27 Questions to ask: In Session. What is the importance of R&S in your everyday life? Are you content with your belief system? What role has faith played in your life, now and in the past? What gives your life purpose and meaning? Are there things in your life that are sacred to you? What was your religious upbringing? Are your beliefs different now? What specific religious practices, rituals, or activities do you engage in? What value do these provide for you? Adapted from: Bienenfeld, D., & Yager, J. (2007). Issues of spirituality and religion in psychotherapy supervision. The Israeli Journal of Psychiatry and Related Sciences, 44(3), ; Saunders, S.M, Miller, M.L., & Bright, M.M. (2010). Spiritually conscious psychological care. Professional Psychology: Research and Practice, 41(5),
28 More Questions to Ask: In Session. Who do you have important and significant relationships with in your religious community? Is there someone in your R&S community that you can talk to about deeply religious questions or concerns? Has your current problem affected your relationship with God/higher power? Is your R&S important to this problem? How do you see your faith relating to this or other problems? Have you used any aspects of your R&S to help you deal with this problem? How do you want to have these issues addressed in therapy? Adapted from: Bienenfeld, D., & Yager, J. (2007). Issues of spirituality and religion in psychotherapy supervision. The Israeli Journal of Psychiatry and Related Sciences, 44(3), ; Saunders, S.M, Miller, M.L., & Bright, M.M. (2010). Spiritually conscious psychological care. Professional Psychology: Research and Practice, 41(5), )
29 Discussion Questions. In groups of 3 or 4 please discuss and make a list of: Some potential concerns about bringing Religion & Spirituality into therapy? Some potential concerns about NOT making a space for Religion & Spirituality in therapy?
30 Ethical Considerations. Ethical practice includes and requires that therapists recognize the central role R&S plays in the client s life and they demonstrate a sensitivity, awareness, and respect for the client s beliefs, practices, and values (Eck, 2002). Eck, B.E. (2002). An exploration of the therapeutic use of spiritual disciplines in clinical practice. Journal of Psychology and Christianity, 21(3),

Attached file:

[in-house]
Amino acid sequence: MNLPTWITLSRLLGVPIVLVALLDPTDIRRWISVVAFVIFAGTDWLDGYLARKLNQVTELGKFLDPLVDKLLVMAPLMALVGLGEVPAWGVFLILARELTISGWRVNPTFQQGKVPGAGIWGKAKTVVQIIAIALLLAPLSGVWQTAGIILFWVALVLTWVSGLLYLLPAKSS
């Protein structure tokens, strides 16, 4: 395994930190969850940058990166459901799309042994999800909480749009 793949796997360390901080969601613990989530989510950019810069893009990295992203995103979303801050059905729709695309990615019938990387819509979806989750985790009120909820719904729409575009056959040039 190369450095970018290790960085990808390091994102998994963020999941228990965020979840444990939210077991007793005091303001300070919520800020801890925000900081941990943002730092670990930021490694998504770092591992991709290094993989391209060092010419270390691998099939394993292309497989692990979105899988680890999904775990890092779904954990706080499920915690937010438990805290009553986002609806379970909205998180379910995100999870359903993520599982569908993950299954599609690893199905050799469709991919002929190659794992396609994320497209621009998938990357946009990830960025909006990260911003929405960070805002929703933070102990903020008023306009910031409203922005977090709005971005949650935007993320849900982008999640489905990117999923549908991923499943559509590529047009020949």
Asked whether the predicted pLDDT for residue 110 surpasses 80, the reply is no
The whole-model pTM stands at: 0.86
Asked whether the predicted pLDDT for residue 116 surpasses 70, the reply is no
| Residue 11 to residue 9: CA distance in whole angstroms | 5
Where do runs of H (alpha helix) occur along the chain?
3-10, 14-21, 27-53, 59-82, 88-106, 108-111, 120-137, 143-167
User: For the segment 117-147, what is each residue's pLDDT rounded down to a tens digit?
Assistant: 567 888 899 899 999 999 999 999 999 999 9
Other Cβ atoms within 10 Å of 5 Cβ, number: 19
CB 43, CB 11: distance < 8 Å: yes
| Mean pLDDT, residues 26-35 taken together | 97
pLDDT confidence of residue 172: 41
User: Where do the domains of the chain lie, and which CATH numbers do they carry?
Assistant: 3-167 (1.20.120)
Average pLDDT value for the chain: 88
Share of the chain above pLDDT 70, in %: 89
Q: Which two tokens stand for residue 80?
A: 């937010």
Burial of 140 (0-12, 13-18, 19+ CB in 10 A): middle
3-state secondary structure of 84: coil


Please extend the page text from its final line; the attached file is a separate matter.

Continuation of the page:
31 Ethical Considerations. Avoid imposing one s own beliefs onto clients. Avoid directly challenging religious values. A shared belief system does not necessarily result in a shared understanding.
32 Ethical Considerations. Stereotyping Trivializing R&S Consult and collaborate. Boundaries: Psychotherapists are not clergy. Know when to refer.
33 Ethical Considerations. Professionals are also encouraged to: Read books, Attend workshops, trainings and seminars, Seek out supervision and consultation, Learn more about the religious traditions of the clients they typically work with.
34 The Take Home Message. Essential to incorporate this integral component of the human experience into therapy. Important to ask oneself why one hasn t in the past and then take necessary steps to do so. Monitor and assess ourselves during the process. Approach this sacred topic with respect. Be patient with clients this is a deeply personal topic. Be open and curious Let the client lead and teach.
35 For Further Learning. Aten & Leach (2009). Spirituality and the Therapeutic Process: A Comprehensive Resource from Intake to Termination. Cornet (1998). The Soul of Psychotherapy: Recapturing the Spiritual Dimension in the Therapeutic Encounter. Miller (1999). Integrating Spirituality into Treatment. Paloutzian & Parks (2005). Handbook for the Psychology of Religion. Pargament (2007). Spiritually Integrated Psychotherapy: Understanding and Addressing the Sacred. Richards & Bergin (1997). A Spiritual Strategy for Counseling and Psychotherapy. Sperry (2001). Spirituality in Clinical Practice: Incorporating the Spiritual Dimension in Psychotherapy and Counseling.
36 Thank You. juliakristina.com